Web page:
Let's take a closer look at these data:
What do the numbers mean?
According to Eurostat, the EU statistics office, consumer prices in the eurozone (composed of European Union countries like France and Germany) rose 5% in December, compared to the previous year.
The increase in energy prices was the most notable, rising 26% in the past year. This is slightly less than the previous month. From November's 2.2% rate of inflation, the increase in food prices accelerated to 3.2%. The price of goods grew at a faster rate of 2.9%.
However, prices for services increased by 2.4%. This suggests that holiday travel was being affected by the omicron version of COVID-19. After removing volatile items like food and energy from the equation, the core inflation rate in eurozone remained steady at 2.6%.
WHY IS IT SO IMPORTANT
This latest reading surpasses the November record of 4.9% and is the highest inflation rate since 1997, when records began for the euro currency. It was two years prior to its launch.
This means that everything, from groceries to fuel and food, is more expensive because of the economic recovery following the pandemic.
These numbers show how inflation is now a major issue that economic policymakers must address.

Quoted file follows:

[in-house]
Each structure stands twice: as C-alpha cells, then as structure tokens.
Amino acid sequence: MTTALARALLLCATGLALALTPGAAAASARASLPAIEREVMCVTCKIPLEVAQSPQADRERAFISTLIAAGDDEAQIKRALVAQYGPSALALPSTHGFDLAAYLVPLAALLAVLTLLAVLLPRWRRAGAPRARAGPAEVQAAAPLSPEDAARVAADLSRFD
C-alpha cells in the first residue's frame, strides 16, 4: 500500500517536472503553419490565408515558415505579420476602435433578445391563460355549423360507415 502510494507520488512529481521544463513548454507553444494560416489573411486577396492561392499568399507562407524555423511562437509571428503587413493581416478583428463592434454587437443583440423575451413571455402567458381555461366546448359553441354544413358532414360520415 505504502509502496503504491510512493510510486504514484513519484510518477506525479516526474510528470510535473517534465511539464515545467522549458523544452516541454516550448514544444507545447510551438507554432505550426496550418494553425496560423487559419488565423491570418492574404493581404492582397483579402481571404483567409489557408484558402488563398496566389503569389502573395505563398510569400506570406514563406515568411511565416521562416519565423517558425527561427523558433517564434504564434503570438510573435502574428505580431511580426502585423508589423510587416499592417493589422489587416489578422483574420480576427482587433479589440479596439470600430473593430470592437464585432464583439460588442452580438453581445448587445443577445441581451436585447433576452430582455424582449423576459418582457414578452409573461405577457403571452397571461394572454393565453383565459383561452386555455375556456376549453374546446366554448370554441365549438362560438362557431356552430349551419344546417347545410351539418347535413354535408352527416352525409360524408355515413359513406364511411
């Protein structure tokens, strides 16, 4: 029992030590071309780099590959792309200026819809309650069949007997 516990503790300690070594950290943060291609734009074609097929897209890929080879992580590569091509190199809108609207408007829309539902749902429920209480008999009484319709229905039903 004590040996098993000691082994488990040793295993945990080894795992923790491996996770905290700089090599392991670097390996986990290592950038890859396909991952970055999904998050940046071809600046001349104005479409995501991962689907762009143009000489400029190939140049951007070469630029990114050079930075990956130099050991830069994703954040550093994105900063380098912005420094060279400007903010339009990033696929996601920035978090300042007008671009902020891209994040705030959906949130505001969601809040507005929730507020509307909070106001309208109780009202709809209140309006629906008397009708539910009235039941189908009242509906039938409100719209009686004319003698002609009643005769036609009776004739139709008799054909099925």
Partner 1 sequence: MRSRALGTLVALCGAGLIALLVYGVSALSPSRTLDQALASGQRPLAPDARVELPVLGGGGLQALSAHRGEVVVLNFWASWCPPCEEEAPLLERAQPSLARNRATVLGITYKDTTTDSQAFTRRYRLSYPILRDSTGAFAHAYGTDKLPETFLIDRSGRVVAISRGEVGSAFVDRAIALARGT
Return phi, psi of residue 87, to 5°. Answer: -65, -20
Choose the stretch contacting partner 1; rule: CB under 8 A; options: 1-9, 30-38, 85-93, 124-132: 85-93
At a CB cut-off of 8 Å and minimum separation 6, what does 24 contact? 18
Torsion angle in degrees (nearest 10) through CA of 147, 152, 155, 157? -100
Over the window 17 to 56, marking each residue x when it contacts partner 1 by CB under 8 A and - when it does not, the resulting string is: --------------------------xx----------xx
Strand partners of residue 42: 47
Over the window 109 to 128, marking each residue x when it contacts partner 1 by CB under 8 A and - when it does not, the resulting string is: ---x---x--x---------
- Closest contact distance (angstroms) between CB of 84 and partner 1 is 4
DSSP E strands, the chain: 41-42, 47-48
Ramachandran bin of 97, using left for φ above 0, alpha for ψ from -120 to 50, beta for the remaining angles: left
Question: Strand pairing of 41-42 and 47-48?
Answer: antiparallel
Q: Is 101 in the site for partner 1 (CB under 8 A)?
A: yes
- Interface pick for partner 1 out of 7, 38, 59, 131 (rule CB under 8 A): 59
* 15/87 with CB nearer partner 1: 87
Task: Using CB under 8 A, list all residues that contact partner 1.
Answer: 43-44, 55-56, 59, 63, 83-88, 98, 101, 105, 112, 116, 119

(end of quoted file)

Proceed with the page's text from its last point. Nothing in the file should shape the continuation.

Inflation isn't just a problem for the EU. The U.S. consumer prices have increased at the fastest rate in 39 years and in Britain at their highest level in over a decade. The inflation rate in Turkey soared to 36% last month, which was the highest level in 19 years. Brazil's inflation rate accelerated to over 10%, the fastest pace for 18 years.
What do the EXPERTS THINK?
Economists believe that inflation in the eurozone will soon peak, if not already. Bert Colijn, senior economist at ING Bank said that natural gas prices are a major factor in the recent surge in inflation.
He said that the rising prices of oil and natural gas in futures markets suggests that energy inflation has likely peaked.
Colijn stated that the question now is "how steep the downward trend"
He and other economists forecast that core inflation will decrease but remain at or above 2.2% in the current year. This gives the European Central Bank some breathing space when it comes time to decide on a rate.
What are other countries doing?
Despite the omicron surge and its uncertain effects upon the global economy, central bank have raised interest rates to combat soaring inflation.
Last month, the Bank of England became the first major advanced economy's central bank to raise interest rates. The European Central Bank is more cautious, but it also plans to reduce some of its stimulus efforts in the coming year.
As consumer prices rose 6.8% in November, the U.S. Federal Reserve is working faster than Europe to tighten credit.